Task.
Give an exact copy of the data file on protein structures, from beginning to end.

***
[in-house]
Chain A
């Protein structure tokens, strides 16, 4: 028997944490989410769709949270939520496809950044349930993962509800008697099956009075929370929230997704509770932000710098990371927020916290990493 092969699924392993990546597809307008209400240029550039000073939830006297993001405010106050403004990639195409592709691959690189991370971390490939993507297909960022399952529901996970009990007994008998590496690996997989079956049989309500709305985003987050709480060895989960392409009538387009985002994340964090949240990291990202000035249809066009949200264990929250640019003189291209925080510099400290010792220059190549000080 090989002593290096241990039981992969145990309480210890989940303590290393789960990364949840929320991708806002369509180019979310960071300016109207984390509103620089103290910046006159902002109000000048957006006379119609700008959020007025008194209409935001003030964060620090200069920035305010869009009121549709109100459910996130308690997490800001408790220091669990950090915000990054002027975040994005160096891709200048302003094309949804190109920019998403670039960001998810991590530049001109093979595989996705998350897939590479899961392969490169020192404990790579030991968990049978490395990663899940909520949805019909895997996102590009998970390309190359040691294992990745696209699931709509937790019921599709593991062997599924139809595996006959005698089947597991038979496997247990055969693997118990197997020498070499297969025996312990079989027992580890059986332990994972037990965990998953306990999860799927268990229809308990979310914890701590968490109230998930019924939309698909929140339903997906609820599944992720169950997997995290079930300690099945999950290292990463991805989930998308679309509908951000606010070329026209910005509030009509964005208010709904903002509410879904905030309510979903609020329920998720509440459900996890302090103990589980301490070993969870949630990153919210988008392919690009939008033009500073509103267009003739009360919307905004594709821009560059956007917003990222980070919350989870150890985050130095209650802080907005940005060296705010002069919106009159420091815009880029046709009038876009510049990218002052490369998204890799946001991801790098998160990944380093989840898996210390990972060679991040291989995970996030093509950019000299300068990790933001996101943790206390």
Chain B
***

[in-house]
Chain A
């Protein structure tokens, strides 16, 4: 028997944490989410769709949270939520496809950044349930993962509800008697099956009075929370929230997704509770932000710098990371927020916290990493 092969699924392993990546597809307008209400240029550039000073939830006297993001405010106050403004990639195409592709691959690189991370971390490939993507297909960022399952529901996970009990007994008998590496690996997989079956049989309500709305985003987050709480060895989960392409009538387009985002994340964090949240990291990202000035249809066009949200264990929250640019003189291209925080510099400290010792220059190549000080 090989002593290096241990039981992969145990309480210890989940303590290393789960990364949840929320991708806002369509180019979310960071300016109207984390509103620089103290910046006159902002109000000048957006006379119609700008959020007025008194209409935001003030964060620090200069920035305010869009009121549709109100459910996130308690997490800001408790220091669990950090915000990054002027975040994005160096891709200048302003094309949804190109920019998403670039960001998810991590530049001109093979595989996705998350897939590479899961392969490169020192404990790579030991968990049978490395990663899940909520949805019909895997996102590009998970390309190359040691294992990745696209699931709509937790019921599709593991062997599924139809595996006959005698089947597991038979496997247990055969693997118990197997020498070499297969025996312990079989027992580890059986332990994972037990965990998953306990999860799927268990229809308990979310914890701590968490109230998930019924939309698909929140339903997906609820599944992720169950997997995290079930300690099945999950290292990463991805989930998308679309509908951000606010070329026209910005509030009509964005208010709904903002509410879904905030309510979903609020329920998720509440459900996890302090103990589980301490070993969870949630990153919210988008392919690009939008033009500073509103267009003739009360919307905004594709821009560059956007917003990222980070919350989870150890985050130095209650802080907005940005060296705010002069919106009159420091815009880029046709009038876009510049990218002052490369998204890799946001991801790098998160990944380093989840898996210390990972060679991040291989995970996030093509950019000299300068990790933001996101943790206390």
Chain B